Collins pens a pleasing column. But in her book, as she closes Chapter 11, she provides a franker history of what happened after Nixon’s veto. We’ll start in 1977, with Carter in the White House, Mondale by his side. By now, the crazy leaflets have come and gone—but the liberal world has agreed to submit.
Remember, the revealing narrative which follows was published in 2009. Rep. John Brademas was Mondale's partner in the House on the 1971 bill:
COLLINS (page 290): Although Jimmy Carter did bring Democratic control back to the White House, with Mondale as his vice president, the new administration had little interest in creating expensive new governmental programs. Brademas, who had become part of the Democratic leadership in the House, was busy on other projects. And, as [Brademas aide] Jack Duncan said, nobody really “wanted to go through that again.” Although Congress would keep fiddling with preschool programs to help poor children, there was never another serious attempt to create a national answer to the problem of who took care of the kids in an economy that now depended on women to work.As you can see from that passage, Collins’ book mainly treats the Mondale bill as an attempt to provide day care; it isn’t clear that this bill was really about “quality preschool education” at all. But either way, the appalling history described in that passage defines The Culture of Liberal Indifference—a culture which is never discussed in columns by people like Collins.
“I still hope we can get ourselves organized,” said Mondale recently, not sounding all that hopeful. “I tried everything.”
How did we get from Nixon to here? Here’s how:
After the liberal world got its ass kicked in the early 70s, nobody really “wanted to go through that again,” Collins quotes Duncan saying. Result? According to Collins, “there was never another serious attempt” to address the needs addressed by Mondale’s bill. Instead, we liberals sat around and tugged on our dicks and pretended to care, producing the situation Collins describes in her pleasing but misleading column.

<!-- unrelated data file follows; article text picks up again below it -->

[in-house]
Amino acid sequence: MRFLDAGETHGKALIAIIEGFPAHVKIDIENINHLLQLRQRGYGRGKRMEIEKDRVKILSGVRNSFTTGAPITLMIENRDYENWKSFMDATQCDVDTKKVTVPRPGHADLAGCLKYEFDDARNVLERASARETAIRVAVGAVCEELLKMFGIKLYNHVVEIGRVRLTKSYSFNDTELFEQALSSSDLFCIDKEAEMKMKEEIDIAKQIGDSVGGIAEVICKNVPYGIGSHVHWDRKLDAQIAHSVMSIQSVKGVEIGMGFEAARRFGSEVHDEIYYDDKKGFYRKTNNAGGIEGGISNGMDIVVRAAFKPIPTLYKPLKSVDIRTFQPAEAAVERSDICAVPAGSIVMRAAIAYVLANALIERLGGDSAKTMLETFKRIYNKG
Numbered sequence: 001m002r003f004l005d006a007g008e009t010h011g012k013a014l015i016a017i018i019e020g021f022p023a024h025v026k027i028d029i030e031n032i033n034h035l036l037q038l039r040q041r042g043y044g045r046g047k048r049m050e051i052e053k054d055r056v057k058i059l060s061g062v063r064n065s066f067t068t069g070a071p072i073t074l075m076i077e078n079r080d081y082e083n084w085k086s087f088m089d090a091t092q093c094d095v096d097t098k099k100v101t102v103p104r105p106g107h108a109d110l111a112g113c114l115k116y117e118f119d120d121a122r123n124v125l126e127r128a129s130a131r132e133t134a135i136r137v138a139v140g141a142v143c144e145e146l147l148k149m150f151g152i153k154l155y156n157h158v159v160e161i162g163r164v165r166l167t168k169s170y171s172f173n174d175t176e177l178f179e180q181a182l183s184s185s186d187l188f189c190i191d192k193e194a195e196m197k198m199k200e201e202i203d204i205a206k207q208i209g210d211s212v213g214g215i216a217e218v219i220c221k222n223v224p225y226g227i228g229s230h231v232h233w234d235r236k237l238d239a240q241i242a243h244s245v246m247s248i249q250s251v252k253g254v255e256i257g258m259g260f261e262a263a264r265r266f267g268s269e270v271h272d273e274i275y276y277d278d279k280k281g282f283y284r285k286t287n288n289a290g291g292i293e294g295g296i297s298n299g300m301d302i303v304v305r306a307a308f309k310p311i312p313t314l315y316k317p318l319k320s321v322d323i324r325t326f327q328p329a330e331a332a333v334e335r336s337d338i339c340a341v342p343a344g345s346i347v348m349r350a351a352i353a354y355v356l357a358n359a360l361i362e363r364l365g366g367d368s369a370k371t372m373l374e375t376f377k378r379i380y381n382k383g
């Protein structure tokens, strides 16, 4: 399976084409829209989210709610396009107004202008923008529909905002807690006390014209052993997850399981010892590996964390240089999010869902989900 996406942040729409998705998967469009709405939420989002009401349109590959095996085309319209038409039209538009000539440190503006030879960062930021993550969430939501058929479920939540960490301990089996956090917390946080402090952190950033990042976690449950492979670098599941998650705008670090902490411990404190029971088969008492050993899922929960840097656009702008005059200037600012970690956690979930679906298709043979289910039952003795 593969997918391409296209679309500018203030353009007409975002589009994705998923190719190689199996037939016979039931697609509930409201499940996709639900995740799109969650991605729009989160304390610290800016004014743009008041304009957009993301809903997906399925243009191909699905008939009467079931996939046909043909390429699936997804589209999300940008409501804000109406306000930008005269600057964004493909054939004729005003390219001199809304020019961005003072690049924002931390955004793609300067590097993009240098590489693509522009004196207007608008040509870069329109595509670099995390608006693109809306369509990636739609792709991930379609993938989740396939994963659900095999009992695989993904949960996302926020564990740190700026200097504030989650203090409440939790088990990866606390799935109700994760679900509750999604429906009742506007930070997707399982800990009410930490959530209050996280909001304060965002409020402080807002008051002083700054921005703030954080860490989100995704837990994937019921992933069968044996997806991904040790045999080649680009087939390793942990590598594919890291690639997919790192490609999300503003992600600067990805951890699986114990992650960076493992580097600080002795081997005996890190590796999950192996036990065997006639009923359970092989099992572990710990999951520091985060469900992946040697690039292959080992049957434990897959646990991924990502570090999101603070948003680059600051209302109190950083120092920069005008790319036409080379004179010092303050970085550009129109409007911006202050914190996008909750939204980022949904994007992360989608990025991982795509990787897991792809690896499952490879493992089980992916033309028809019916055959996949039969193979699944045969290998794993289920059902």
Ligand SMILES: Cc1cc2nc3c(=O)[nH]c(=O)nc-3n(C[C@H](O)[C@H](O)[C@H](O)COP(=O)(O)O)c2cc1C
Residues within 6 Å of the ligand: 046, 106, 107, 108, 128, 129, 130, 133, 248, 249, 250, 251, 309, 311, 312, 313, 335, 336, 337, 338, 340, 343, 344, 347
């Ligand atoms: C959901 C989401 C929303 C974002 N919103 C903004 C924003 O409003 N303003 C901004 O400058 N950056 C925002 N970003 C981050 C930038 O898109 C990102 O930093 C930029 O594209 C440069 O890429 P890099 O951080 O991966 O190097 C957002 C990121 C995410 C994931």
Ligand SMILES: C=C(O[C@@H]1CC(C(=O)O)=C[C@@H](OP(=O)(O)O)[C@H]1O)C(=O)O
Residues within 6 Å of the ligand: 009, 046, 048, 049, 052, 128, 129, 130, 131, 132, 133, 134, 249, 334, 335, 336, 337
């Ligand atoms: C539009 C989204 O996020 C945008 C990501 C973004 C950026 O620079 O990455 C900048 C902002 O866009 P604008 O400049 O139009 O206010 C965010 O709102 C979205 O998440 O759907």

“I tried everything,” Mondale said in 2009—referring to an effort he made 38 years before! Even in her book, Collins shows no sign of seeing how absurd that statement was.
So typical! Almost forty years later, Mondale said he still hoped that we liberals and Dems could somehow “get ourselves organized!” But that comment appeared in Collins’ book; last week, readers of her column were shielded from such strange remarks. In Collins’ column, we were told about Nixon’s veto—and about a revival meeting featuring the crazy new right. We weren’t encouraged to wonder how leaflets from the early 70s could explain the lack of quality preschool today.
Why do low-income children lack quality preschool, except in states like Oklahoma? The answer to that is blindingly obvious, though liberal columnists will never discuss it. By the mid-1970s, it was clear that equalizing educational outcomes was going to be very hard. In some cases, there would be opposition from the right—and low-income children were farther behind that anyone had supposed, in ways which were hard to address.
At that point, the liberal world quit on low-income kids. In her column and in her book, Collins directs our attention away from that part of this history. We’re asked to think about Buchanan and Nixon instead. Our massive liberal indifference is skillfully disappeared. Within the pseudo-liberal world, it has to be Dick Nixon’s fault. By law, it can't be ours.
Collins erased four decades of liberal sloth. But another problem was raised by Obama's address.
In his State of the Union speech, Obama mentioned two red states which are leading the way in this area. Just like that, a Cable Liberal tried to make that disappear.
Tomorrow: But Oklahoma can’t be OK! The Cable Liberal's tale.